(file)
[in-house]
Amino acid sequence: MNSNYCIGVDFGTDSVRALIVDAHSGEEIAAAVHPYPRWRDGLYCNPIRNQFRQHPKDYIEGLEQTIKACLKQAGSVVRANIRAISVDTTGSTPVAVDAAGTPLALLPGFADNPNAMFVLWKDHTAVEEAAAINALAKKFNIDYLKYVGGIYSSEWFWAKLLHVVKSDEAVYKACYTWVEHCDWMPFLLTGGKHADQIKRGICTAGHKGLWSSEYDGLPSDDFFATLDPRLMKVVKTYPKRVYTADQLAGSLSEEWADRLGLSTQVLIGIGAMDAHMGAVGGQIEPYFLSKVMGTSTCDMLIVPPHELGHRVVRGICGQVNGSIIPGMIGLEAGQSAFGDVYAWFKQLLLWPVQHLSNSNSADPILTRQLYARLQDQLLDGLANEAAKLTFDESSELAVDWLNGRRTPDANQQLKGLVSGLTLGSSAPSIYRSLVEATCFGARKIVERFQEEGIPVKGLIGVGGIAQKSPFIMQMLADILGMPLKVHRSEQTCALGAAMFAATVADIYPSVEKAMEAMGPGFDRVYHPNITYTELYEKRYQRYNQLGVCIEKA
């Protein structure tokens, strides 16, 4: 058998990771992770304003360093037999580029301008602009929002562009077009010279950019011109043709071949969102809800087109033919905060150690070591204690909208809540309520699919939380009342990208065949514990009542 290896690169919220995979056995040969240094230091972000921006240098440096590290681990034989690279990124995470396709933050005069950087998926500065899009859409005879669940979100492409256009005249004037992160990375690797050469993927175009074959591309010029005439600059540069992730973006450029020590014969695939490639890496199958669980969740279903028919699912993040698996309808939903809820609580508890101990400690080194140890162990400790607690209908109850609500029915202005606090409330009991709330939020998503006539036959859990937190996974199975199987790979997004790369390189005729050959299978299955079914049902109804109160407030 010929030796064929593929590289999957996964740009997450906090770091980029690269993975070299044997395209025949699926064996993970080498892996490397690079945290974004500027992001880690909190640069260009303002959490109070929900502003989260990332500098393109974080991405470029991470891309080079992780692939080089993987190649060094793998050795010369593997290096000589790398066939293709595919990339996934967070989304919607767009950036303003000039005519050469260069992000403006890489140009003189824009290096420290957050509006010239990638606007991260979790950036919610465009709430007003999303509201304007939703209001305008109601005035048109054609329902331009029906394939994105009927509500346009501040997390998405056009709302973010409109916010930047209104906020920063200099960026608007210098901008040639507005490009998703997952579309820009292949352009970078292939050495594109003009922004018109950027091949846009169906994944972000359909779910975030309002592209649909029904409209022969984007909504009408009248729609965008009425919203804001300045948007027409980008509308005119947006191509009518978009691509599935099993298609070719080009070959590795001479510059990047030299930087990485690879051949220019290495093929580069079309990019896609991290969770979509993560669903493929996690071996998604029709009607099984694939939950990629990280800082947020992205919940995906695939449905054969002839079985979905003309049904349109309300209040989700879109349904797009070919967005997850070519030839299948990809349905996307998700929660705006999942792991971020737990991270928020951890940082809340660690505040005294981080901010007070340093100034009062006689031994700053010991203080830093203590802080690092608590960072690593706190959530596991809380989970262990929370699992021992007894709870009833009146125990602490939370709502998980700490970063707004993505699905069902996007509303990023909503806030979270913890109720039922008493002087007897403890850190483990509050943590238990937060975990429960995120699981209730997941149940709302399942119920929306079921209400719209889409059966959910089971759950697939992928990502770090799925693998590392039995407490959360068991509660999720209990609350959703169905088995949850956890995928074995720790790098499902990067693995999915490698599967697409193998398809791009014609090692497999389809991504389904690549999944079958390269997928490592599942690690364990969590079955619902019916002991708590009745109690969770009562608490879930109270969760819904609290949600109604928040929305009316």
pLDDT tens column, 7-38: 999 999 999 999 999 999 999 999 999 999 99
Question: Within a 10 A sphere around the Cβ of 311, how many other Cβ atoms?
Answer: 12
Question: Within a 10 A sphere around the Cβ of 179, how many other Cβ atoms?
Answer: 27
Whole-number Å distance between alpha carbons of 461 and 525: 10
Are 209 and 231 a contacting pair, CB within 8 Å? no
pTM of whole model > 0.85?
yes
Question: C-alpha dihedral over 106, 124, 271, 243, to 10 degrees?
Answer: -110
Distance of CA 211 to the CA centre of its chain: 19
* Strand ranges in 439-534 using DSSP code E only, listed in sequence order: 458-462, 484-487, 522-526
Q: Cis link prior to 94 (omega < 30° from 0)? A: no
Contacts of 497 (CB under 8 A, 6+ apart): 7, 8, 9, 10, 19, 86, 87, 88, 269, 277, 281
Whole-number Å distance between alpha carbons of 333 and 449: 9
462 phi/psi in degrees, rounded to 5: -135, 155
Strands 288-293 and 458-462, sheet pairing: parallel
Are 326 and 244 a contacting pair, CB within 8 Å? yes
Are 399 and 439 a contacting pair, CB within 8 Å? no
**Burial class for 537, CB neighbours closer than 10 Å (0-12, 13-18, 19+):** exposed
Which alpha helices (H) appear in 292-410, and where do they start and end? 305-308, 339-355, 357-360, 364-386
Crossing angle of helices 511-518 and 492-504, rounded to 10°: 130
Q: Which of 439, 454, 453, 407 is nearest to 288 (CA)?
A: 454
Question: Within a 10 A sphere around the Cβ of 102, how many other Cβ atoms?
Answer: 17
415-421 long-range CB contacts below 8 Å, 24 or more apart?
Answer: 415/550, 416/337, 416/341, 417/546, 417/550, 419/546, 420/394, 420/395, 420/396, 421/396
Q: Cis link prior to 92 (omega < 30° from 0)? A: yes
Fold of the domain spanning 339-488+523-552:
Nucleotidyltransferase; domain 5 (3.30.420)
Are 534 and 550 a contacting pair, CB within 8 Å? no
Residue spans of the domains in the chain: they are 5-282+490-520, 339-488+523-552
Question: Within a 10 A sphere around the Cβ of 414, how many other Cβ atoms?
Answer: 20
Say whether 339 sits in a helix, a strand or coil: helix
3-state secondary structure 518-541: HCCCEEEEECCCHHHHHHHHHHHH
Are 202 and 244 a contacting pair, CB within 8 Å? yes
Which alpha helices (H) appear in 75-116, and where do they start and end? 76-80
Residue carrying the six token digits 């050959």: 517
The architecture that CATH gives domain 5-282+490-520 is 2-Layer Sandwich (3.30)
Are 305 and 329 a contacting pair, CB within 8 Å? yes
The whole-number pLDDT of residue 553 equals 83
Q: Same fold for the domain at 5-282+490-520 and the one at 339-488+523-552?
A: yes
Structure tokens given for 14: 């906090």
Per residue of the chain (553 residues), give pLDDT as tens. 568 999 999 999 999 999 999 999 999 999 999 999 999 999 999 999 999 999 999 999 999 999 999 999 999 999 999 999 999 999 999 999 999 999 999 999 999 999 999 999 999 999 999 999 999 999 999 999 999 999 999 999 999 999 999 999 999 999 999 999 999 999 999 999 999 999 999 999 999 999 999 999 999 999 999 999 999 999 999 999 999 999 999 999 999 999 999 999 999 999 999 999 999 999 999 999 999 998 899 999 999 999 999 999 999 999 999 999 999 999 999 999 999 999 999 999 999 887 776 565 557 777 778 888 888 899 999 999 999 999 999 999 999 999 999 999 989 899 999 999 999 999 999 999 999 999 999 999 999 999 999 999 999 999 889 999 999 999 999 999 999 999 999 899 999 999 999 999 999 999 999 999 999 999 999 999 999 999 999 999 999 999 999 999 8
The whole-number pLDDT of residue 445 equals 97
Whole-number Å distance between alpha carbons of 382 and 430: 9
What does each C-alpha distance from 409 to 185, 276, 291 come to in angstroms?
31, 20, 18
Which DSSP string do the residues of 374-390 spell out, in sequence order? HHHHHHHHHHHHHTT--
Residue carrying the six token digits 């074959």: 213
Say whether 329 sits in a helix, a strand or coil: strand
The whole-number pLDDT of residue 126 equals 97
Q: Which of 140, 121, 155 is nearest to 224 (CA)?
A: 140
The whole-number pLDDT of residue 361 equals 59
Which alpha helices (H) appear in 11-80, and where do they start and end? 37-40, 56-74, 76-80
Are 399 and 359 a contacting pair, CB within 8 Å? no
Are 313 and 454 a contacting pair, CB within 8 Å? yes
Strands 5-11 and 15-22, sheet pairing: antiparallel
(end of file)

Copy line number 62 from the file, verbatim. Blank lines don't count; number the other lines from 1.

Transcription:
The whole-number pLDDT of residue 361 equals 59